• 2. Blaisdell BE. Choice of base at silent codon site 3 is not selectively neutral in eucaryotic structural genes: It maintains excess short runs of weak and strong hydrogen bonding bases. J Mol Evo. 1983;19(3-4):226-236. [DOI]
  • 3. Blake RD, Hinds PW. Analysis of the codon bias in E. coli sequences. J Biomol Struct Dyn. 1984;2(3):593-606. [PubMed]
  • 4. Boelaert F, Deluyker H, Maes D, Godfroid J, Raskin A, Varewijck H, et al. Prevalence of herds with young sows seropositive to pseudorabies (Aujeszky's disease) in northern Belgium. Prev Vete Med. 1999;41(4):239-255.
  • 5. Burland TG. DNASTAR's Lasergene sequence analysis software. Methods Mol Biol. 2000;132:71-91. [PubMed]
  • 6. Cai MS, Cheng AC, Wang MS, Zhao LC, Zhu DK, Luo QH, et al. Characterization of synonymous codon usage bias in the duck plague virus UL35 gene. Intervirology. 2009;52(5):266-78. [DOI] [PubMed]
  • 7. Chang YE, Roizman B. The product of the UL31 gene of herpes simplex virus 1 is a nuclear phosphoprotein which partitions with the nuclear matrix. J Virol. 1993;67(11):6348-56. [PubMed]
  • 8. Comeron JM, Aguade M. An evaluation of measures of synonymous codon usage bias. J Mol Evol. 1998;47(3):268-74. [PubMed]
  • 9. Dass JF, Sudandiradoss C. Insight into pattern of codon biasness and nucleotide base usage in serotonin receptor gene family from different mammalian species. Gene. 2012;503(1):92-100. [DOI] [PubMed]
  • 10. D'Onofrio G, Ghosh TC, Bernardi G. The base composition of the genes is correlated with the secondary structures of the encoded proteins. Gene. 2002;300(1–2):179-187.
  • 11. Duret L. Evolution of synonymous codon usage in metazoans. Curr Opin Gen & Dev. 2002;12(6):640-649.
  • 12. Fu M. Codon usage bias in herpesvirus. Arch Virol. 2010;155(3):391-6. [PubMed]
  • 13. Fuchs W, Klupp BG, Granzow H, Osterrieder N, Mettenleiter TC. The interacting UL31 and UL34 gene products of pseudorabies virus are involved in egress from the host-cell nucleus and represent components of primary enveloped but not mature virions. J Virol. 2002;76(1):364-78. [PubMed]
  • 14. Gonnella R, Farina A, Santarelli R, Raffa S, Feederle R, Bei R, et al. Characterization and intracellular localization of the Epstein-Barr virus protein BFLF2: interactions with BFRF1 and with the nuclear lamina. J Virol. 2005;79(6):3713-27. [PubMed]
  • 15. Gouy M, Gautier C. Codon usage in bacteria: correlation with gene expressivity. Nucleic Acids Res. 1982;10(22):7055-74. [PubMed]
  • 16. Granato M, Feederle R, Farina A, Gonnella R, Santarelli R, Hub B, et al. Deletion of Epstein-Barr virus BFLF2 leads to impaired viral DNA packaging and primary egress as well as to the production of defective viral particles. J Virol. 2008;82(8):4042-51. [DOI] [PubMed]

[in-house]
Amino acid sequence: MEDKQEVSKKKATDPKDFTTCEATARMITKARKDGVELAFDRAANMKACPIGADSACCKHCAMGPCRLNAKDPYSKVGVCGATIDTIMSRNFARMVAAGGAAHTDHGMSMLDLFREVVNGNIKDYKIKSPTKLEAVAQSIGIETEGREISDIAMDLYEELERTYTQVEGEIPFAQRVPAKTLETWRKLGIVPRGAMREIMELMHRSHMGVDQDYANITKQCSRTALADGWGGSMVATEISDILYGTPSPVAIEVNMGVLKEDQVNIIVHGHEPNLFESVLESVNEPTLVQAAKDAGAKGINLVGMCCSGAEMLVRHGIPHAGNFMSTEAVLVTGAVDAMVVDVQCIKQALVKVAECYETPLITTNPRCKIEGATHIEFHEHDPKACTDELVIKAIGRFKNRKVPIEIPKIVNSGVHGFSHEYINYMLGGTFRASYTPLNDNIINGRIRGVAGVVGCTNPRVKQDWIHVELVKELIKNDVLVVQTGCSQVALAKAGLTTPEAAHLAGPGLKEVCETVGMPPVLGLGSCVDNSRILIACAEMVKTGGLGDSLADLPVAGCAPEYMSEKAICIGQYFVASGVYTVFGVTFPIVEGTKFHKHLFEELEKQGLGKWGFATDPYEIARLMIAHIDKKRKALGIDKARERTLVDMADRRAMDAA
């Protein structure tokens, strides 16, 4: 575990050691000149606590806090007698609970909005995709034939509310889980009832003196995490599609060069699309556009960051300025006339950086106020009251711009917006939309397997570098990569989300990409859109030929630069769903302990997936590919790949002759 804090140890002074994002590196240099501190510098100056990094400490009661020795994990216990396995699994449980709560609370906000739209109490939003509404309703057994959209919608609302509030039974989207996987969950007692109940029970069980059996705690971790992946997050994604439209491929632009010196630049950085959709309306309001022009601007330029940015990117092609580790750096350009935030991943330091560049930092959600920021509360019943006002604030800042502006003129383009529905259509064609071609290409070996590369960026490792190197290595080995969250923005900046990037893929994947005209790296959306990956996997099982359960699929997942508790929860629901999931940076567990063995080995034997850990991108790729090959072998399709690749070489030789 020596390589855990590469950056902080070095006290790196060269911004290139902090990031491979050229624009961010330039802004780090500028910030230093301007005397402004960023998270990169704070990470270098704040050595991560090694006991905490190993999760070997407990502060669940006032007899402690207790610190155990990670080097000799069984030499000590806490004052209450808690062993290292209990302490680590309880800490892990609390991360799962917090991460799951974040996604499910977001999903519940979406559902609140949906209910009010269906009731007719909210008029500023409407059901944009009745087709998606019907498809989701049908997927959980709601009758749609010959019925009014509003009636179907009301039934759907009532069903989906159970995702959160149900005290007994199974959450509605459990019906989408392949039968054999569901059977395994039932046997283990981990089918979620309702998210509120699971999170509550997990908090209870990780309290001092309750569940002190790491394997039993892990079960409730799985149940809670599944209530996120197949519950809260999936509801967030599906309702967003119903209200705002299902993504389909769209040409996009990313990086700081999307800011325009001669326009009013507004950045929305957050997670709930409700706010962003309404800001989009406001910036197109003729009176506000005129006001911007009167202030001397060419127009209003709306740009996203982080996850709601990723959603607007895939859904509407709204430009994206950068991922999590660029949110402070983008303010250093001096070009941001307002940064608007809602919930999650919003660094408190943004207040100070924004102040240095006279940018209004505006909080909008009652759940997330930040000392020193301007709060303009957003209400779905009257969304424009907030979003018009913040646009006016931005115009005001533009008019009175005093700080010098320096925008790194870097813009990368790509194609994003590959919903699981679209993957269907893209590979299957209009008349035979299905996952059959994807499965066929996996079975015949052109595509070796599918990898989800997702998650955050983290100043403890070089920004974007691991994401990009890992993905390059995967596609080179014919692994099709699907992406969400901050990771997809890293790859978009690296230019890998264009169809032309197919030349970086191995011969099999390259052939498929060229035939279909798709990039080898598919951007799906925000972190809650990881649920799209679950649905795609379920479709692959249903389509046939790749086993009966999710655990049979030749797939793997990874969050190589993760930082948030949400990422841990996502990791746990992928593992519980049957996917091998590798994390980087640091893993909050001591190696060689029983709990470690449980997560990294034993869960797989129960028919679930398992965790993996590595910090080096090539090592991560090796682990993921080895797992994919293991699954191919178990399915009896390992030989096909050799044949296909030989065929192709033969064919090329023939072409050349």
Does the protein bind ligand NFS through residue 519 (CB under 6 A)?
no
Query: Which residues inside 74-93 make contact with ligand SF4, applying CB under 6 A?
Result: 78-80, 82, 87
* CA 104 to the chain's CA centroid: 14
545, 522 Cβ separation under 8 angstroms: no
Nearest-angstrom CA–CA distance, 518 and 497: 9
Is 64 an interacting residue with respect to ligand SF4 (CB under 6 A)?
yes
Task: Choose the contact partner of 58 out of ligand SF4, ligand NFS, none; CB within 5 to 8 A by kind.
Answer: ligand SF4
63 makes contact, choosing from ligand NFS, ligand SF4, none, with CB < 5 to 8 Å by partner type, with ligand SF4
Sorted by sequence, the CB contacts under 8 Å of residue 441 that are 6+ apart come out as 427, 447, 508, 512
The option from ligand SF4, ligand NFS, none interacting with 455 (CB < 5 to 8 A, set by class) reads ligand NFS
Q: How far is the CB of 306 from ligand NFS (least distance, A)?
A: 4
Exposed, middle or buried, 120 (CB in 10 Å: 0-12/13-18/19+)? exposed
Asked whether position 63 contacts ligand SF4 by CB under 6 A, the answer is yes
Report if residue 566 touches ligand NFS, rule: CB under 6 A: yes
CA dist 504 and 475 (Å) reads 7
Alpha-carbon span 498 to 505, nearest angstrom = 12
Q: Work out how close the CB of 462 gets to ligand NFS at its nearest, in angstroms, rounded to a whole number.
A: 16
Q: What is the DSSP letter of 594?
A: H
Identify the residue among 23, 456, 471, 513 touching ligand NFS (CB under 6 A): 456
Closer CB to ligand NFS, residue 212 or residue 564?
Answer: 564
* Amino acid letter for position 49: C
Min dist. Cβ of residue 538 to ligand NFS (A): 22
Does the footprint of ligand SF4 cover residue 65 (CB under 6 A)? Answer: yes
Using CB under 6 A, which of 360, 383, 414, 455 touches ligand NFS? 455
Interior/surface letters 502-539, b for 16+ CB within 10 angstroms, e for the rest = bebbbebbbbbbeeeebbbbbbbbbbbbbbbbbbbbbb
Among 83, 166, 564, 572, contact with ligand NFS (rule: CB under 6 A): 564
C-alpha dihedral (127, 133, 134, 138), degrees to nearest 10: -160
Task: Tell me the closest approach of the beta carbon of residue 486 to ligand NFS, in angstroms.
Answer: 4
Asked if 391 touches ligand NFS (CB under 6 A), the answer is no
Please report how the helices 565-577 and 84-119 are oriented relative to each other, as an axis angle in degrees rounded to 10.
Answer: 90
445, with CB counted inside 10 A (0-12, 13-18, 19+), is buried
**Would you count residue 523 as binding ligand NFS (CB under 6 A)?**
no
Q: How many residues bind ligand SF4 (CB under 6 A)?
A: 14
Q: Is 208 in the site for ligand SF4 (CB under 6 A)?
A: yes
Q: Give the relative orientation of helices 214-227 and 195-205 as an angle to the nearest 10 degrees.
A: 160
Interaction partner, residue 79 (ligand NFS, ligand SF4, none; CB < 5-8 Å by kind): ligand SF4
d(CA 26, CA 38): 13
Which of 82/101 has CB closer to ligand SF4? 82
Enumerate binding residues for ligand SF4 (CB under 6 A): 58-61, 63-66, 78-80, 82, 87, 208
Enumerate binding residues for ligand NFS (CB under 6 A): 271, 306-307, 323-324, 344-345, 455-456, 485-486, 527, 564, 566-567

• 17. Grantham R, Gautier C, Gouy M, Jacobzone M, Mercier R. Codon catalog usage is a genome strategy modulated for gene expressivity. Nucleic Acids Res. 1981;9(1):r43-74. [PubMed]
  • 18. Grosjean H, Fiers W. Preferential codon usage in prokaryotic genes: the optimal codon-anticodon interaction energy and the selective codon usage in efficiently expressed genes. Gene. 1982;18(3):199-209.
  • 19. Gu W, Zhou T, Ma J, Sun X, Lu Z. Analysis of synonymous codon usage in SARS Coronavirus and other viruses in the Nidovirales. Virus Res. 2004;101(2):155-61. [PubMed]
  • 20. Gupta SK, Ghosh TC. Gene expressivity is the main factor in dictating the codon usage variation among the genes in Pseudomonas aeruginosa. Gene. 2001;273(1):63-70.
  • 21. Hooper SD, Berg OG. Gradients in nucleotide and codon usage along Escherichia coli genes. Nucleic Acids Res. 2000;28(18):3517-23. [PubMed]
  • 22. Ikemura T. Codon usage and tRNA content in unicellular and multicellular organisms. Mol Biol Evol. 1985;2(1):13-34. [PubMed]
  • 23. Jiang Peng, Sun Xiao, Lu Zuhong. Analysis of Synonymous Codon Usage in Aeropyrum pernix K1 and Other Crenarchaeota Microorganisms. J Gene Genom. 2007;34(3):275-284.
  • 24. Kato A, Yamamoto M, Ohno T, Tanaka M, Sata T, Nishiyama Y, et al. Herpes simplex virus 1-encoded protein kinase UL13 phosphorylates viral Us3 protein kinase and regulates nuclear localization of viral envelopment factors UL34 and UL31. J Virol. 2006;80(3):1476-86. [DOI] [PubMed]
  • 25. Koppers-Lalic D, Reits EA, Ressing ME, Lipinska AD, Abele R, Koch J, et al. Varicelloviruses avoid T cell recognition by UL49.5-mediated inactivation of the transporter associated with antigen processing. Proc Natl Acad Sci U S A. 2005;102(14):5144-9. [DOI] [PubMed]
  • 26. Lake CM, Hutt-Fletcher LM. The Epstein-Barr virus BFRF1 and BFLF2 proteins interact and coexpression alters their cellular localization. Virology. 2004;320(1):99-106. [DOI] [PubMed]
  • 27. Li M, Wang S, Cai M, Guo H, Zheng C. Characterization of molecular determinants for nucleocytoplasmic shuttling of PRV UL54. Virology. 2011;417(2):385-93. [DOI] [PubMed]
  • 28. Li M, Wang S, Cai M, Zheng C. Identification of nuclear and nucleolar localization signals of pseudorabies virus (PRV) early protein UL54 reveals that its nuclear targeting is required for efficient production of PRV. J Virol. 2011;85(19):10239-51. [DOI] [PubMed]
  • 29. Li M, Zhao Z, Chen J, Wang B, Li Z, Li J, et al. Characterization of synonymous codon usage bias in the pseudorabies virus US1 gene. Virol Sin. 2012;27(5):303-15. [DOI] [PubMed]